On Air Now
The Capital Weekender With Ministry of Sound 10pm - 5am
21 October 2015, 06:44 | Updated: 30 March 2016, 13:50
Nearly one in five students say they were victims of some form of sexual harassment during their first week of term, a survey has found.
While 17% of respondents stated they had received it first-hand, a further 29% said they had witnessed abuse directed at somebody else, the poll by the National Union of Students (NUS) found.
The most significant forms of harassment were unwanted sexual comments about people's bodies - including wolf whistling when students walk into lectures - heckling in nightclub queues and jokes about rape.
The majority (59%) of these incidents happened at social events or night clubs, while a third (33%) happened in halls of residence.
The poll of 2,600 students aimed to find out the extent to which students had either been victims of or witnesses to sexual harassment during their first week of term.
It also found two-thirds (66%) stated they were not aware of the procedure to report these incidents and 12% felt they would not be taken seriously if they did.
And 61% said they were not made aware of any codes of conduct implemented by their university, with a further 29% not sure.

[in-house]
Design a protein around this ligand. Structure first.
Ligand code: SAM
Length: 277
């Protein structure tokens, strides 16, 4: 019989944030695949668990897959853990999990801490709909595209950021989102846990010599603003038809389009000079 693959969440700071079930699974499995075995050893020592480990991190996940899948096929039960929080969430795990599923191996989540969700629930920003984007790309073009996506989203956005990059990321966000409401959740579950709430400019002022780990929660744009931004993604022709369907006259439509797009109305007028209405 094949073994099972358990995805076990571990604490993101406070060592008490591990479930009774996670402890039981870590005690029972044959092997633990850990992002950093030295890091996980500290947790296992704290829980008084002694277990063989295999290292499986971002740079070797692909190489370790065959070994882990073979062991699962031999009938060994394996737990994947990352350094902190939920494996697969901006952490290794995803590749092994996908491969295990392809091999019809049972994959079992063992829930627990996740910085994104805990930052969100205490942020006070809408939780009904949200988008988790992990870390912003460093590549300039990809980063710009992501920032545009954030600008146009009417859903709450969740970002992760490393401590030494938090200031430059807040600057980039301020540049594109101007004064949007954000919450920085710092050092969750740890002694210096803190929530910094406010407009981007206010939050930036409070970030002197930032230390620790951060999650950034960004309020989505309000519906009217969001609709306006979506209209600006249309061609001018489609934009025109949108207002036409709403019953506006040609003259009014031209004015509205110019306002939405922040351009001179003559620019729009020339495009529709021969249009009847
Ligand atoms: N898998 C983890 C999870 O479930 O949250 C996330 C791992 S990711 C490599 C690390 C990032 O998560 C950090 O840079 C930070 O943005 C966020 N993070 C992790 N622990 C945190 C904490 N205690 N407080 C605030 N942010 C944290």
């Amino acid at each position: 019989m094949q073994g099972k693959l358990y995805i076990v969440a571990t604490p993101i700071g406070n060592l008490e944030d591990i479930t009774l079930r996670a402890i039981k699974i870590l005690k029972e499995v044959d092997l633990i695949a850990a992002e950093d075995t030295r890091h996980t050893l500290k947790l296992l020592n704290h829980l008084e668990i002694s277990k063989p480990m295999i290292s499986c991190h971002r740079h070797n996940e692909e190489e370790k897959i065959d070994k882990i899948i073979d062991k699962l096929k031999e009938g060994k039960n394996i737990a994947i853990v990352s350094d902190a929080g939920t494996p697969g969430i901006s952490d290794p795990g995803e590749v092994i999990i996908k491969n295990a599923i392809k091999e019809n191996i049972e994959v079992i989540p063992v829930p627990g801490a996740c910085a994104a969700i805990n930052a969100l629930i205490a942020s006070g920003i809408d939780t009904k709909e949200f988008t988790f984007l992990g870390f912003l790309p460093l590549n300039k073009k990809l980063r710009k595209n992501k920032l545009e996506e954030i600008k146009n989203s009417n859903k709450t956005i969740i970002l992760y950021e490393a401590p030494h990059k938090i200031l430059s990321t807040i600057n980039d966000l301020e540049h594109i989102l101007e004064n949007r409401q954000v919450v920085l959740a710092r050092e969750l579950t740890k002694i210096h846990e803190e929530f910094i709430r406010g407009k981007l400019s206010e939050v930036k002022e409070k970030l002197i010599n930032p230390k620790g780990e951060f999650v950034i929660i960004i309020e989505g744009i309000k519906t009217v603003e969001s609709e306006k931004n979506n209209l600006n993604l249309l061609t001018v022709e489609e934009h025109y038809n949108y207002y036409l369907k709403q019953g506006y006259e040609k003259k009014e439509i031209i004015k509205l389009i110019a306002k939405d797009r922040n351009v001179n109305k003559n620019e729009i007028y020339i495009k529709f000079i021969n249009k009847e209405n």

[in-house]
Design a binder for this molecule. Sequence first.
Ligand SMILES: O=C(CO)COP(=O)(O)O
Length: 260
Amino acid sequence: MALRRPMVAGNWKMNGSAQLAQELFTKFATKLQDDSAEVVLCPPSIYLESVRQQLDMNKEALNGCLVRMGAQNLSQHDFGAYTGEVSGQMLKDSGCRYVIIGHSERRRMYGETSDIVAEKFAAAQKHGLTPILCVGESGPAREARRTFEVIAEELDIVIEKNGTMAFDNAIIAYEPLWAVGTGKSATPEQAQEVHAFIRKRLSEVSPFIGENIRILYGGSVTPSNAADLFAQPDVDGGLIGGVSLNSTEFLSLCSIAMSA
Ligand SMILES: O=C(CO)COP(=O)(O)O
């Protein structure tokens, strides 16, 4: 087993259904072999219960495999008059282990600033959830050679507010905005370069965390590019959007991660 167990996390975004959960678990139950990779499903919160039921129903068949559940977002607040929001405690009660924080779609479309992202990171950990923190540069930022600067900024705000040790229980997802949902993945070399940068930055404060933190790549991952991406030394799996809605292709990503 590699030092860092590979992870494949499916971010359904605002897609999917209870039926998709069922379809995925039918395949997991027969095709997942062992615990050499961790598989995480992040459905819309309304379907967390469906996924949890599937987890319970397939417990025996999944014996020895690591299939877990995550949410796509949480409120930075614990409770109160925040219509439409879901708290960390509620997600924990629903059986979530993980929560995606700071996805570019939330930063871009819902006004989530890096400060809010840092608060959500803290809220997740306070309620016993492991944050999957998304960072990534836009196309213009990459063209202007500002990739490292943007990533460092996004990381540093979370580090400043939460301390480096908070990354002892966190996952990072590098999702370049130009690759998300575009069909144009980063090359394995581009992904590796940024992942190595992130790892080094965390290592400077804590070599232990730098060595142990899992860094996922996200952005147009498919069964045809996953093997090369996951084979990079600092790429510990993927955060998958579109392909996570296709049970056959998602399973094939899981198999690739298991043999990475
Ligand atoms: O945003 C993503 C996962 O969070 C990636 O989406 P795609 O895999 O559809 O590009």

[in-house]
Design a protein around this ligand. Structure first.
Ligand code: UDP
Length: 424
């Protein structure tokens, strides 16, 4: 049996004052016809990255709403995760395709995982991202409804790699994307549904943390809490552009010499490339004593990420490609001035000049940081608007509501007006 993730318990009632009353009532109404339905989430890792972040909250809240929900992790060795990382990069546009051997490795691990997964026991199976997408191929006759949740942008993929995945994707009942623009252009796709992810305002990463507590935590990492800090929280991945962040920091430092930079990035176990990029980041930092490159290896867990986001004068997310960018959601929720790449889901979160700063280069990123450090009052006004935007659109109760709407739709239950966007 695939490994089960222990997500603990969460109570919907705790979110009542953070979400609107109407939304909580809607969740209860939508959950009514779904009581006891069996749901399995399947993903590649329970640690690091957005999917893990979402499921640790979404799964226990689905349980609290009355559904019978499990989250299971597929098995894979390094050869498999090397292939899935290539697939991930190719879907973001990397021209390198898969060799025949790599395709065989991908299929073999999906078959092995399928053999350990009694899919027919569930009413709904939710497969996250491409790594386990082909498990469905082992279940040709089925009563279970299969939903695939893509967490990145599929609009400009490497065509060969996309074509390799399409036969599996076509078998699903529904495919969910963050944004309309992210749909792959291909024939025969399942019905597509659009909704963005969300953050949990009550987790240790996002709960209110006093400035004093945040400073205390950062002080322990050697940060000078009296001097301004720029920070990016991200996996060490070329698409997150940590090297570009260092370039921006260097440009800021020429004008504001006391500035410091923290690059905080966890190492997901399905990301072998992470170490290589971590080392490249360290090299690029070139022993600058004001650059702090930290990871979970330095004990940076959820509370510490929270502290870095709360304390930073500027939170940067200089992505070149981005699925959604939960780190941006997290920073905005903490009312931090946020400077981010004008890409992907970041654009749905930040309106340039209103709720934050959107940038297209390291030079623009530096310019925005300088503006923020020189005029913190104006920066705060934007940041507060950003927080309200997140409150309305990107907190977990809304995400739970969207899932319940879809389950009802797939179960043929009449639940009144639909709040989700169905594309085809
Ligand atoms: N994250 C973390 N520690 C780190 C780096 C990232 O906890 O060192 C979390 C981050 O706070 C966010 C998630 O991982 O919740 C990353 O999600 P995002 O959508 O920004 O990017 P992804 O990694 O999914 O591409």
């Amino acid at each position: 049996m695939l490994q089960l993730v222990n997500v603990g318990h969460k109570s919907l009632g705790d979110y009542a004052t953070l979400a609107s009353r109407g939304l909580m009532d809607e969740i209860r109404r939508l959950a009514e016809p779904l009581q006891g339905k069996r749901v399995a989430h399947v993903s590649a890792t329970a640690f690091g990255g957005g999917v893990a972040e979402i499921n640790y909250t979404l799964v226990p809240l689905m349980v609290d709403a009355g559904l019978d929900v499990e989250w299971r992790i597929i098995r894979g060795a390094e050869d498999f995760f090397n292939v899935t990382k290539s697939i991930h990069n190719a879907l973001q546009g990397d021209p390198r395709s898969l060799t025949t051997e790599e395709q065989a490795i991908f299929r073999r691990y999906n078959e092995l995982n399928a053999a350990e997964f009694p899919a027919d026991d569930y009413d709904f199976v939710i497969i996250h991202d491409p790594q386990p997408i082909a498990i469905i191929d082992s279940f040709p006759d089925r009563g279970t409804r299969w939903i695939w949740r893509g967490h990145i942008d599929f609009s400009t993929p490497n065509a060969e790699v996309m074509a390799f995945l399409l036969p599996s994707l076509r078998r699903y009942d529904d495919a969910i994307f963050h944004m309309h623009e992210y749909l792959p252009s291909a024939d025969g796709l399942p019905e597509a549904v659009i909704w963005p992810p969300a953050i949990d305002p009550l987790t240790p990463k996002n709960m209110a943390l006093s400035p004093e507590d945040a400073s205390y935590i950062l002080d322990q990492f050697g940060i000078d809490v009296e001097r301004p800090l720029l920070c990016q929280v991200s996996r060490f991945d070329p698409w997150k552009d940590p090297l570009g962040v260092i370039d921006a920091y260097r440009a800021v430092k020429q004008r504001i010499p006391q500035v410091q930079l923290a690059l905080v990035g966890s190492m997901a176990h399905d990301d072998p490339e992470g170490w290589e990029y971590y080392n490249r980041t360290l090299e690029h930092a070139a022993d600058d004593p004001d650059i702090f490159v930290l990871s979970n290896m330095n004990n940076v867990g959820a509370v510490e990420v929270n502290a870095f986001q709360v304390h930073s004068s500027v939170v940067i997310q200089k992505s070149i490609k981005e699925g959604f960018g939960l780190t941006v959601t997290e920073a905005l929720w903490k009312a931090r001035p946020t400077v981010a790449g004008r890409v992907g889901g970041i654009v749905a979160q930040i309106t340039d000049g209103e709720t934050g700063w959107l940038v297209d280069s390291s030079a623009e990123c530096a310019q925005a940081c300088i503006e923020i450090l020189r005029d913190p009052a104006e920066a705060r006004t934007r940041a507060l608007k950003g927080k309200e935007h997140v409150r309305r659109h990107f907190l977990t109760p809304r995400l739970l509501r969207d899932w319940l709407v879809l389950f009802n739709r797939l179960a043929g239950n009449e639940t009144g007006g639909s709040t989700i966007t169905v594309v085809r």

The "laddish culture'' of many university campuses has been brought to the forefront in recent years, with students speaking of sexism, sexual harassment and assault as commonplace.
The telling of rape and sexual assault jokes and use of sexualised images in promotional material are also often seen as part and parcel of the university experience.
NUS women's officer Susuana Amoah said: "It's extremely worrying, but not surprising, that so many students in their first term of university have experienced sexual harassment or seen it happen to somebody else.
"NUS has been working over the last five years to bring sexual harassment on campus to the forefront of the national conversation, and make sure institutions are taking it seriously.
"Reporting systems for sexual harassment are either lacking or not visible to students in a lot of cases, and this needs to change.
"We are working with nine students' unions who have audited their own processes and those of their institutions, and we will be supporting many more to carry on this work until students feel aware of how to report sexual harassment, and safe and confident that their concerns will be taken seriously.''